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NDDC AND WHAT N’DELTANS EXPECT FROM TINUBU

By Ukpong Ukpong

The people of Niger Delta have high expectations from the administration of President Bola Ahmed Tinubu. They are confident that being a continuation of the All Progressives Congress, APC, government this administration will strive to complete lofty plans began by its predecessor as articulated in the party’s manifesto for the region.

Based on that hope, leaders and some prominent groups have set agenda for the president with priority given to enabling the reformed Niger Delta Development Commission, NDDC, to work for the people. Other expectations include completion of the East-West road, revival of seaports, fixing the coastal roads, continuation of cleanup of communities affected by decades of oil exploitation and security. Also, considering recent removal of subsidy for premium motor spirit, the people demand urgent revival of the Warri and Port Harcourt refineries among others.

On NDDC, the concensus among Niger Deltans is that the commission be funded to commence its constitutional mandate without further delay. The president has demonstrated right from his inaugural speech the capacity to act decisively and timely on urgent issues of national importance. If he could dispatch the fuel subsidy palaver that haunted his predecessor for eight years with three simply words, “subsidy is gone”, then it’s expected that he should address the grossly under funding of NDDC so that it can carry out its core mandate. Keep in mind that funding the commission is a silver bullet that could bring solution to myriad of development deficits within the region.

Mr. President will find that in order to restore the confidence of the citizens from Niger-Delta areas in the oneness of the Nigerian nation, he must tackle concerns of marginalization resulting from slow pace of development in the region. Also, the fact that NDDC has not received budgetary allocations from 2021 till date because it was without a governing board adds to the long list of grievances. Unfortunately, now there is a substantive board, the commission’s budget defence was suspended pending the outcome of a senate probe of alleged unauthorized spending.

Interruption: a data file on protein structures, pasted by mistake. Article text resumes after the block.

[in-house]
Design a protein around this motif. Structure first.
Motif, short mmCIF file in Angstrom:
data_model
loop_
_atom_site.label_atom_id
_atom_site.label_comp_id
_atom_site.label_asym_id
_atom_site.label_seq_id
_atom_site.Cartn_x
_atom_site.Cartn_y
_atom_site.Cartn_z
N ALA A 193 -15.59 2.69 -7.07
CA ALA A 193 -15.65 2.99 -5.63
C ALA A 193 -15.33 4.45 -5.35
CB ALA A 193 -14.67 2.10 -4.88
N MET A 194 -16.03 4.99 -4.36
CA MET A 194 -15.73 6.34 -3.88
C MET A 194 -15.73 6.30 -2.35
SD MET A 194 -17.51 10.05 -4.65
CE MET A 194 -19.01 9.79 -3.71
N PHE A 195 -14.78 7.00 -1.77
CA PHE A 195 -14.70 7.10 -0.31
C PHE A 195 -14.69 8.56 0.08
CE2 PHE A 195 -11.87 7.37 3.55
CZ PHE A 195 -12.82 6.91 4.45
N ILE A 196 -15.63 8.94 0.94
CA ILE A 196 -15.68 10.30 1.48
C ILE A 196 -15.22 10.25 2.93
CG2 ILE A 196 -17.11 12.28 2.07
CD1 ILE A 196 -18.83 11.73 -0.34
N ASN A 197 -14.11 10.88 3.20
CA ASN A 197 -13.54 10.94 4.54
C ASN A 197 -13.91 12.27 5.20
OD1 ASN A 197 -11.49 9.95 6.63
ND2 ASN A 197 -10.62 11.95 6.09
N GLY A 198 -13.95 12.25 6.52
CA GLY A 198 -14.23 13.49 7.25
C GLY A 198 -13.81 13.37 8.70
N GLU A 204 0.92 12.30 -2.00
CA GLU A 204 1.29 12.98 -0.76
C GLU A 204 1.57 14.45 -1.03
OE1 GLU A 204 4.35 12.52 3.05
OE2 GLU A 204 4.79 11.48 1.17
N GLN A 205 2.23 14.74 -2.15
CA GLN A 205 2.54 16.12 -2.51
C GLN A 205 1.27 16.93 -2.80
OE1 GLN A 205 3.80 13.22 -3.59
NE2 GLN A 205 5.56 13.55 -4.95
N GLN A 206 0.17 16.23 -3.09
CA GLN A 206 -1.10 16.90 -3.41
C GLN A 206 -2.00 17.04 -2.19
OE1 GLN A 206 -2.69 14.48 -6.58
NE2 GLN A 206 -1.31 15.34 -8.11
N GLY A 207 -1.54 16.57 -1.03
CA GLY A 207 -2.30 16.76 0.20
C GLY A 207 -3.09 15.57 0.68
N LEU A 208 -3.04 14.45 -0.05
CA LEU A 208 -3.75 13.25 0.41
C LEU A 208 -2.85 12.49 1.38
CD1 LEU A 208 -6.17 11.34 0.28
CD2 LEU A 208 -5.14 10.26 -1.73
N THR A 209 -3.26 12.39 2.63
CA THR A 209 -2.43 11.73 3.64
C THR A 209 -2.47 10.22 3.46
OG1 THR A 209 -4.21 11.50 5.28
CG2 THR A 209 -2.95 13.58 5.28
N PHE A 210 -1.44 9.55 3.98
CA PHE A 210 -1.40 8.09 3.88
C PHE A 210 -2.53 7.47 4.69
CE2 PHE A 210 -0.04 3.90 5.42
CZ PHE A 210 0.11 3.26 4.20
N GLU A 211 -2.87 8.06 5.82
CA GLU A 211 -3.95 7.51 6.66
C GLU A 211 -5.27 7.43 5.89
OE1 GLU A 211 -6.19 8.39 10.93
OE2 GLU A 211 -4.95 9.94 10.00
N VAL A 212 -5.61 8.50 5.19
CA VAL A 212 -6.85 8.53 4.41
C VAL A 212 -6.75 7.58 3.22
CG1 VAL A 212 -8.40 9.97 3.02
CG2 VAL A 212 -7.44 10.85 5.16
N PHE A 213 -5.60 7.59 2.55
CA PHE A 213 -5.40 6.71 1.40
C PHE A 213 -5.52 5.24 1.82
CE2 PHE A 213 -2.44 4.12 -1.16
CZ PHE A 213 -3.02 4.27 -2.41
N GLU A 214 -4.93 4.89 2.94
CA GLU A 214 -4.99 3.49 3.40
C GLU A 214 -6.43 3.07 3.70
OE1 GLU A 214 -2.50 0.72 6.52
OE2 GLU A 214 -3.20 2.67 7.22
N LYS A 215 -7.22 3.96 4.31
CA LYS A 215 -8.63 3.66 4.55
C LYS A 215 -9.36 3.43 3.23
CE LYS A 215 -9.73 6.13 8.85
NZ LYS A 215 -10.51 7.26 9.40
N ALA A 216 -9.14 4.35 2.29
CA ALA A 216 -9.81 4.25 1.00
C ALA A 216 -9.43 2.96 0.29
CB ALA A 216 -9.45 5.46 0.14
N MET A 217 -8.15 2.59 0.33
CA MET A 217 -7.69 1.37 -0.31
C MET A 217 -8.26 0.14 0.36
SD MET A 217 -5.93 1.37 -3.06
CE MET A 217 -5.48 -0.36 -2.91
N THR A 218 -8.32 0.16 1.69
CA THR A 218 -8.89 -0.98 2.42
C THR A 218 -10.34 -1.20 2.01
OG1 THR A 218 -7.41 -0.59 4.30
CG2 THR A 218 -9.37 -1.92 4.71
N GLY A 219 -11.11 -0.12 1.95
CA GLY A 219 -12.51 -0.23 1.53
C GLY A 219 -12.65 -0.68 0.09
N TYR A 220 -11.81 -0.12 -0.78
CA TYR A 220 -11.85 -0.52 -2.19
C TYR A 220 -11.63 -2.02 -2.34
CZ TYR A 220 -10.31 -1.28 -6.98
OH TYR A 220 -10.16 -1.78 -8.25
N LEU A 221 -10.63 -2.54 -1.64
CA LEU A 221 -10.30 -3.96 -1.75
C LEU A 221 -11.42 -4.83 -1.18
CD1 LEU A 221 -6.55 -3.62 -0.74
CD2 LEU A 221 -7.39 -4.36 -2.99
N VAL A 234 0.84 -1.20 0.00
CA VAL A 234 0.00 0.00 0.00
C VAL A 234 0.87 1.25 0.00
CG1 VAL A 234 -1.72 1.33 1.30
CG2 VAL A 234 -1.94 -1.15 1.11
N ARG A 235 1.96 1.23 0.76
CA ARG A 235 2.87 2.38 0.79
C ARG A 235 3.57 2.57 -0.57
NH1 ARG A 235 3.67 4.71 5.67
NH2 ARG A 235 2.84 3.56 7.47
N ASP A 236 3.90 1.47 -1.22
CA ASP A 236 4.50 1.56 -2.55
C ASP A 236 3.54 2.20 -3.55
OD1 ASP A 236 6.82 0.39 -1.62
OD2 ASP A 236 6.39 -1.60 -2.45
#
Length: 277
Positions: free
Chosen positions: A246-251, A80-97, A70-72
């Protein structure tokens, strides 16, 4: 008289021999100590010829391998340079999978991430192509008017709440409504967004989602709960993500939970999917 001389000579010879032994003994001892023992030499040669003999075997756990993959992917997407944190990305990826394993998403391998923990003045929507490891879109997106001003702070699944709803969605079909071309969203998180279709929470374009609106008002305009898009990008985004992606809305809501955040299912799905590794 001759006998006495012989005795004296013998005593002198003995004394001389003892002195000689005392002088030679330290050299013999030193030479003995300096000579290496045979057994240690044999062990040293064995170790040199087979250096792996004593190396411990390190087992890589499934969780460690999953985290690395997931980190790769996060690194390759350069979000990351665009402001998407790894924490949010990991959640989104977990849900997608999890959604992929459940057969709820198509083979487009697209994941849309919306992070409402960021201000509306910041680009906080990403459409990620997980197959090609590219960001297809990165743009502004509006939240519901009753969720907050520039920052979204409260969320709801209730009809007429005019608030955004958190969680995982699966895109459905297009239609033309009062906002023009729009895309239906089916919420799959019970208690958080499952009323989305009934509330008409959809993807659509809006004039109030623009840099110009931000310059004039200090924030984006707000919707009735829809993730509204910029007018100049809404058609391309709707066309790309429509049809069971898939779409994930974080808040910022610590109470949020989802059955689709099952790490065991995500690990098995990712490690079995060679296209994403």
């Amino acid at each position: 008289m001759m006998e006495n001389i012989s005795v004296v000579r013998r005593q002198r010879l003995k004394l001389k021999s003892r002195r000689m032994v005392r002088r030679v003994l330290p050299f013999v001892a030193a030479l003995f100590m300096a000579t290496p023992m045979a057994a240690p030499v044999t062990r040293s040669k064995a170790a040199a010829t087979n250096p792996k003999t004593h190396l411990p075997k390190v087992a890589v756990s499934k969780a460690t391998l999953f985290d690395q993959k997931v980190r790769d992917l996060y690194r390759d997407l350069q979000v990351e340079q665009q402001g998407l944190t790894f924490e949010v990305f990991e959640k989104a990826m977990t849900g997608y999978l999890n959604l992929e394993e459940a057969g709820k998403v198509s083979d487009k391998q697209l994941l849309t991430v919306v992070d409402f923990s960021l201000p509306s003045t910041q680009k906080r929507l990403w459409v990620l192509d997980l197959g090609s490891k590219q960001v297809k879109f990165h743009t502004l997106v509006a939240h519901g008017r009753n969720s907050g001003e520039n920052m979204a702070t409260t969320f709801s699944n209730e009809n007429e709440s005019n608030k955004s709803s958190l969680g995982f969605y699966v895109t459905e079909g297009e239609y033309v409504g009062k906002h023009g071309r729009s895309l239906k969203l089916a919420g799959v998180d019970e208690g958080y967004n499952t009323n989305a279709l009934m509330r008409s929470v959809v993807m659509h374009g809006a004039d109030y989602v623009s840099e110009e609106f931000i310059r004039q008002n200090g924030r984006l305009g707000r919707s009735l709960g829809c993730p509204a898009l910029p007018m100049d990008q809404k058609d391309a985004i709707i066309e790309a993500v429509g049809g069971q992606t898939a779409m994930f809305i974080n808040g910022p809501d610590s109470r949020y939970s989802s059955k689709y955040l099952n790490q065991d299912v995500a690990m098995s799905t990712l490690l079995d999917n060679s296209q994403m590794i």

Honestly speaking, the foregoing is perceived as an excuse to keep starving the commission of funds. Development of the Niger Delta continues to suffer in the face of this melodrama as such the president should call the warring parties to order. NDDC is not a stage for soap opera and the people have grown tired of these unfounded allegations and counter allegations. That said, this so-called ‘investigation’ seems primarily targeted at naming and shaming certain persons without a real effort to find a lasting solution.

The current management of NDDC should be given a chance to prove itself having shown that it is ready to work. Yes, there maybe differences among members of the board which is normal among people from diverse background that is why the Ministry of Niger Delta Affairs is required to keep the management of NDDC focused on delivering the mandate. Realities on ground forced government to supervise operations of the board, which actually blurs the act establishing the commission nevertheless the board deserves to be empowered not emasculated.